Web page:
“No wonder they call him ‘Prince Charming.'” Heidi sighs.
Lily continues. “It was adorable. I’m so jealous.”
“Me, too, but I love Jared. His French accent makes me melt, and when he speaks French, I’m done,” Senna shares, then sags in her seat.
I’m trying not to act interested in their conversation, but I can hear everything and see them in my rearview mirror. It’s better than listening to Top Shelf’s music and having the girls belt out every word at the top of their lungs on the ride to the concert.
“I agree. Jared pegs the hotness meter,” Maggie adds, fanning herself.
“Did you see Embry posted a new tattoo on his Instagram?” Tia asks.
Lily grins. “He’s always shirtless.”
Tia lowers her voice, but I can hear her. “He was in the tattoo shop and drinking straight from a bottle of tequila.”
“You only have to be nineteen to drink in Vancouver,” Maggie informs the group.
“Lily, we should go there for your nineteenth birthday,” Senna suggests.
Rachel chuckles from the passenger seat at my internal turmoil then reaches across, rubbing my leg. She can read me a little too easily tonight. Maybe I can find a beer once we are settled. I tune back into their conversation, wondering what I’ve missed.
“Brady got in another fight the other day. There’s a fan photo of him with a busted lip and a black eye,” Heidi says.
“I bet it hurts to sing or… to kiss.” Maggie giggles, and the rest of the group joins her.
Tia offers, “I’d be willing to kiss his boo-boo and make it better.”
“You and everyone else,” Zafrina—or “Zee” as everyone calls her—adds, hardly looking up from her phone.
Tia continues. “I love his brown eyes, but his dark hair is perfect—not too long or too short. I wish I could run my hands through it. That flow is incredible.”
“He’s the definition of tall, dark, and handsome,” Lily agrees.
“I think Collin has a new girlfriend. She’s blonde,” Maggie shares.
Senna sighs. “Lucky girl.”
“He’s so tall, and she’s tiny in the photos he posted. Maybe we have a chance. We’re all short except for Lily,” Heidi concludes.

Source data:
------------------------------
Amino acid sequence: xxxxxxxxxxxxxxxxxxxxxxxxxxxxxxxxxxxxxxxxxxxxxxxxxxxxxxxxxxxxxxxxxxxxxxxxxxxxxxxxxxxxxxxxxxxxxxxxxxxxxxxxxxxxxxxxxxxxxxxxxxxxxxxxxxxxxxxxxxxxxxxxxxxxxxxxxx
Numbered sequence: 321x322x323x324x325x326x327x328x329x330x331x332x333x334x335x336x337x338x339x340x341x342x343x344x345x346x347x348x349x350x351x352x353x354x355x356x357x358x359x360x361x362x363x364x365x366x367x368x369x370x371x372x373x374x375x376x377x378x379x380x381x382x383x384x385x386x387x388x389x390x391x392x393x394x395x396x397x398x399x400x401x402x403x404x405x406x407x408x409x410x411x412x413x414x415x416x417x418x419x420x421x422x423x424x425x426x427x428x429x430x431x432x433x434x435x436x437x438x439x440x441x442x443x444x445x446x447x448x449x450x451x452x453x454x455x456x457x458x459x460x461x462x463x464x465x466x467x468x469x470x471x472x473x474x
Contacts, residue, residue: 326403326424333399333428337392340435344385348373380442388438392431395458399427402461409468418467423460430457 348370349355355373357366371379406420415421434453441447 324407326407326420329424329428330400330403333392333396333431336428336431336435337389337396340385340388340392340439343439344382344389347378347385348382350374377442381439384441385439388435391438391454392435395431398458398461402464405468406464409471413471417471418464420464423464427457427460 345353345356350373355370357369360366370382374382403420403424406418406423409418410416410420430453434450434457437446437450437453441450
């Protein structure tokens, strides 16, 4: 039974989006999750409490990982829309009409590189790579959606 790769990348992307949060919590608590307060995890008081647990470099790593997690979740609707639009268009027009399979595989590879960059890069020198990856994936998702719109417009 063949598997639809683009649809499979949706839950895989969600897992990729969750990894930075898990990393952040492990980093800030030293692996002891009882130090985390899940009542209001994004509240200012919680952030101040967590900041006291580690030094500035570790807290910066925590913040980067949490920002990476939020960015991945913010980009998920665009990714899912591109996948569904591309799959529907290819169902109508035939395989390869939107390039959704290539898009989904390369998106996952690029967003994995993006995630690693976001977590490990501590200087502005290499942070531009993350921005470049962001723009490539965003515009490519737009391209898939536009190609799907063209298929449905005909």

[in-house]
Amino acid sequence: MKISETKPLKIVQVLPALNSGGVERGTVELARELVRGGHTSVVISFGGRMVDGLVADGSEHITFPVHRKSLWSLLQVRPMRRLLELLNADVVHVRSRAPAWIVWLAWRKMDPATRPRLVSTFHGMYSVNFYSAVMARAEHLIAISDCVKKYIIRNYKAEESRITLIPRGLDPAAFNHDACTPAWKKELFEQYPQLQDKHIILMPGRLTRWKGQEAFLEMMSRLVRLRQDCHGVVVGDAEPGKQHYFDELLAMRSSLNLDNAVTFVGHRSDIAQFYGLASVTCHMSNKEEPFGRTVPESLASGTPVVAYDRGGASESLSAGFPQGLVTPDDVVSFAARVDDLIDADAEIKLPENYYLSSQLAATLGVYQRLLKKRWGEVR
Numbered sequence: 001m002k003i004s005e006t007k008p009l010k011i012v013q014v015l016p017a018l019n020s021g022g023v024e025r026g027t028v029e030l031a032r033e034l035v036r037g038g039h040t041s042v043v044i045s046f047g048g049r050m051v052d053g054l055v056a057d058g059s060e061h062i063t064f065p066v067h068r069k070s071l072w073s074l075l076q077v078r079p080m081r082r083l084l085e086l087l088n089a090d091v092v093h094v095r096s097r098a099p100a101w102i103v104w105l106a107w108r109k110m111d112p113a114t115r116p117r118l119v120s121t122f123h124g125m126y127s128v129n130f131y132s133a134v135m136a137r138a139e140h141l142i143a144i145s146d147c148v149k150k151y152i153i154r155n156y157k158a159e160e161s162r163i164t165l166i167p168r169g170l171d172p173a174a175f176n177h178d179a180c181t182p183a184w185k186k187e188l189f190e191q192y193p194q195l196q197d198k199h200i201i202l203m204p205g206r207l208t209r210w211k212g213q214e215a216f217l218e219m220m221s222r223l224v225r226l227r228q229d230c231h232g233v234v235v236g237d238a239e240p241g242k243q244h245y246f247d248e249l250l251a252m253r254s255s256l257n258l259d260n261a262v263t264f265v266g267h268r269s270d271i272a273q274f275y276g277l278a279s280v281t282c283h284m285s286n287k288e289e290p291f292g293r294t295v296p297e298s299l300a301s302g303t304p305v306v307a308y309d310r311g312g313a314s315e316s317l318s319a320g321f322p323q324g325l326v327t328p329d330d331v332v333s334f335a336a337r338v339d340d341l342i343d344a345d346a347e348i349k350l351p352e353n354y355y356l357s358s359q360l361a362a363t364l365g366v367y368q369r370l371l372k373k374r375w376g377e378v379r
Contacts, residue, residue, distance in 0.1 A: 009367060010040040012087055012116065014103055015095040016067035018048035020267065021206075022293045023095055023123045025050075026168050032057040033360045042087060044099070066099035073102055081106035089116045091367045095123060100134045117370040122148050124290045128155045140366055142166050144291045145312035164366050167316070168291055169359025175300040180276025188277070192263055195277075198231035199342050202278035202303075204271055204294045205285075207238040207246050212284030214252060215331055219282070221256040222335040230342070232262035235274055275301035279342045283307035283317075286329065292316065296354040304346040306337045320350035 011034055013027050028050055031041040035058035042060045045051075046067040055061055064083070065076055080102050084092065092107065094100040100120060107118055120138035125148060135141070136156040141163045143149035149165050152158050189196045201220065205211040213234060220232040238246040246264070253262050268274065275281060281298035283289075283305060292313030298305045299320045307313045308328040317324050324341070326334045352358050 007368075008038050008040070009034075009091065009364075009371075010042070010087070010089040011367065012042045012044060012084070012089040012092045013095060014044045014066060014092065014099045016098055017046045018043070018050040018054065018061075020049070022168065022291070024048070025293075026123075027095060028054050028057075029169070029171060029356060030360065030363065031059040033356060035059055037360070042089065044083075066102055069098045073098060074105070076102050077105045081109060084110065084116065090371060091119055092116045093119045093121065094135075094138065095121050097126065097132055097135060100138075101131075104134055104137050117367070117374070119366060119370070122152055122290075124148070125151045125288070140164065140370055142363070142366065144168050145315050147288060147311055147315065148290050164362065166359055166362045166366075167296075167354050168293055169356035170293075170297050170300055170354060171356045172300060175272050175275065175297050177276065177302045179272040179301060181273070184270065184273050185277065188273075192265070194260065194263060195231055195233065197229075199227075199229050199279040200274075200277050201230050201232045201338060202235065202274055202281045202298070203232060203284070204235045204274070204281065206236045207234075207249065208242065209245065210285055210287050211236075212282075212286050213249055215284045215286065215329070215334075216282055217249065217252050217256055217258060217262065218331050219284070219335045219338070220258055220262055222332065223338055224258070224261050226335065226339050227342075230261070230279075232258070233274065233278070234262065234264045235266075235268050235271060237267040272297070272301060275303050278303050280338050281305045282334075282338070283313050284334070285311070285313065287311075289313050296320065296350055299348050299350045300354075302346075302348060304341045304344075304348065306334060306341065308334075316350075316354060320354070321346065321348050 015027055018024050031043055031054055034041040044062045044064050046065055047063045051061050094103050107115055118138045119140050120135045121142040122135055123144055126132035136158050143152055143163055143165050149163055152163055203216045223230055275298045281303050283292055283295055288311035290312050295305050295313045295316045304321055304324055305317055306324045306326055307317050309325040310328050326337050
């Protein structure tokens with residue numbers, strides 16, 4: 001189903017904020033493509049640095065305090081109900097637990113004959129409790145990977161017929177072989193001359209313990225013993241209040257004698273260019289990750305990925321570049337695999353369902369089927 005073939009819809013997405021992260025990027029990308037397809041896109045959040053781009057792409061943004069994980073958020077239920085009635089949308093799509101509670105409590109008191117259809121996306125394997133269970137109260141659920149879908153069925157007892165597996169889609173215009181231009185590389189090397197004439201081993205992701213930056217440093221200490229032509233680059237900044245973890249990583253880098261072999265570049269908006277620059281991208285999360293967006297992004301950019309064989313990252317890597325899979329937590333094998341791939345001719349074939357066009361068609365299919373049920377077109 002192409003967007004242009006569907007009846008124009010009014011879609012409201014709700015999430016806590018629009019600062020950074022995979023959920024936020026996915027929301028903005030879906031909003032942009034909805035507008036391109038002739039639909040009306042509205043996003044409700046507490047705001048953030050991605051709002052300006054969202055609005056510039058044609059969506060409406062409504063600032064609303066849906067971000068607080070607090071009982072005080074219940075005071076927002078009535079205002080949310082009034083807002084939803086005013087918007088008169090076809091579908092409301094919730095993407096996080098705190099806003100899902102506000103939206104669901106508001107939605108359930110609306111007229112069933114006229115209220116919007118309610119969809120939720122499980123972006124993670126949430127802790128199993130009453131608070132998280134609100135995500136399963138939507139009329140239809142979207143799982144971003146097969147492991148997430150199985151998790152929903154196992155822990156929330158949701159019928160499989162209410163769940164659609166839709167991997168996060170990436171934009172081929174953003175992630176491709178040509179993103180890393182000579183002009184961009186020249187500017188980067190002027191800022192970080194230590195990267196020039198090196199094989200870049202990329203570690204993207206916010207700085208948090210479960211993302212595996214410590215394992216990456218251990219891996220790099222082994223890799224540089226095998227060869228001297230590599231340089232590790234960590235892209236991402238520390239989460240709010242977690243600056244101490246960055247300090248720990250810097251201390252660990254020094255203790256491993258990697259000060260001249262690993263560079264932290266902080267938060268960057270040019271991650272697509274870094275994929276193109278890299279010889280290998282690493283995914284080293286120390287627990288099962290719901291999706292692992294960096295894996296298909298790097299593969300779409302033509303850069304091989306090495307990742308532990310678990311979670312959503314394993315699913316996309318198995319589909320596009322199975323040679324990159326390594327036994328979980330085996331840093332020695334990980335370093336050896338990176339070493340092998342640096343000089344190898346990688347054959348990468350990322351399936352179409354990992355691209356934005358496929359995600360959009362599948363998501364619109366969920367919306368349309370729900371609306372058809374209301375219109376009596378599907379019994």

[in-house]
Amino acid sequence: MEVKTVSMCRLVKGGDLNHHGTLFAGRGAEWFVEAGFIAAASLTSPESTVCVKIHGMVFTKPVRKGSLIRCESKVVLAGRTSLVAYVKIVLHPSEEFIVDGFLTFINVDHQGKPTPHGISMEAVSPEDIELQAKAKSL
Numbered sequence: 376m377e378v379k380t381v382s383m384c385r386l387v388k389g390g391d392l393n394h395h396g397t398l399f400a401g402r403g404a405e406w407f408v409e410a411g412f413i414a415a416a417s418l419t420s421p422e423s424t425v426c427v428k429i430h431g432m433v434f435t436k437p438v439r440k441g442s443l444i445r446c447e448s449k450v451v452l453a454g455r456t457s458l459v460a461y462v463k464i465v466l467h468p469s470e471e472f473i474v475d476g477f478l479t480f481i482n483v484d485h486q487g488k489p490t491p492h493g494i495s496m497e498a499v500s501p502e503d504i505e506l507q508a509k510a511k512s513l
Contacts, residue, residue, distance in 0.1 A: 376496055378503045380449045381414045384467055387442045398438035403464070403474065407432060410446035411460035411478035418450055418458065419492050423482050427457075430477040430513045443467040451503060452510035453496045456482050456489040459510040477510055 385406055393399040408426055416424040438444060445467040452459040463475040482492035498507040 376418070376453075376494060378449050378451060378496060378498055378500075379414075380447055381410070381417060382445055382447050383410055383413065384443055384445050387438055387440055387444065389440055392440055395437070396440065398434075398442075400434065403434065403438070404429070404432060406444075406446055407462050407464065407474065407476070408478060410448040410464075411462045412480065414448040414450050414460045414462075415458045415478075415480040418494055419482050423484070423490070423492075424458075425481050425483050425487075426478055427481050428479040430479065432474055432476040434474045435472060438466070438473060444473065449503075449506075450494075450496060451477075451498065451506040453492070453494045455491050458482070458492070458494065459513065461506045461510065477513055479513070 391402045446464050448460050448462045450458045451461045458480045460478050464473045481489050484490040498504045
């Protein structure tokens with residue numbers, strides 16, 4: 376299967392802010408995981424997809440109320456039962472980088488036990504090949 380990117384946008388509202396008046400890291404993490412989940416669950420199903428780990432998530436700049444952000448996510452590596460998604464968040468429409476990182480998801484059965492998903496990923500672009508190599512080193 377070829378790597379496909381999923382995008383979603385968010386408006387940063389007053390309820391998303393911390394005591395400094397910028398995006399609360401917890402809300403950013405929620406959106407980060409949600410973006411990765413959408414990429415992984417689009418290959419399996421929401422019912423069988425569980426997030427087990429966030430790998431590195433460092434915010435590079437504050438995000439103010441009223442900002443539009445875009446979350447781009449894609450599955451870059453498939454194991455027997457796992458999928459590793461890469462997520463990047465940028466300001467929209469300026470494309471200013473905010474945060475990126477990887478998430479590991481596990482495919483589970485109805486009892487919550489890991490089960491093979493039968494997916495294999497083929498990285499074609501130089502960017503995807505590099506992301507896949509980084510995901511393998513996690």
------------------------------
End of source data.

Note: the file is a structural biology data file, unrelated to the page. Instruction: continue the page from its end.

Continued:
While Lily looks so much like her mom, it seems she’s going to be taller than most, getting my height. While high school coaches have expressed great interest in Lily playing basketball or volleyball, she’s content to stick with dancing, which is something she’s loved since she was little.
“Dad, will we be able to get autographs and photos when we go backstage?” Lily asks.
The chorus of squeals nearly deafens me. Maybe I’m too old for this concert. And too male.
Rachel squeezes my thigh where her hand is resting while I drive past the people waving me toward VIP parking.
My relief is immediate when I put my new Chevy Suburban in park and the girls pour from the vehicle, bubbling with excitement. I miss my Range Rover, but it was time for a newer, larger SUV, which easily accommodates our group this evening.
Rachel’s hand finds its way in my back pocket, giving my ass cheek a squeeze, then we all walk into the special entrance together. We receive bags full of Top Shelf souvenirs, including Odd Man Rush Tour concert tees, which cause another massive group squeal from the girls as they sort through their new treasures.
With the help of several event workers, our tickets and VIP credentials are hanging from around our necks while we wait in a room with other girls and parents for the members of Top Shelf.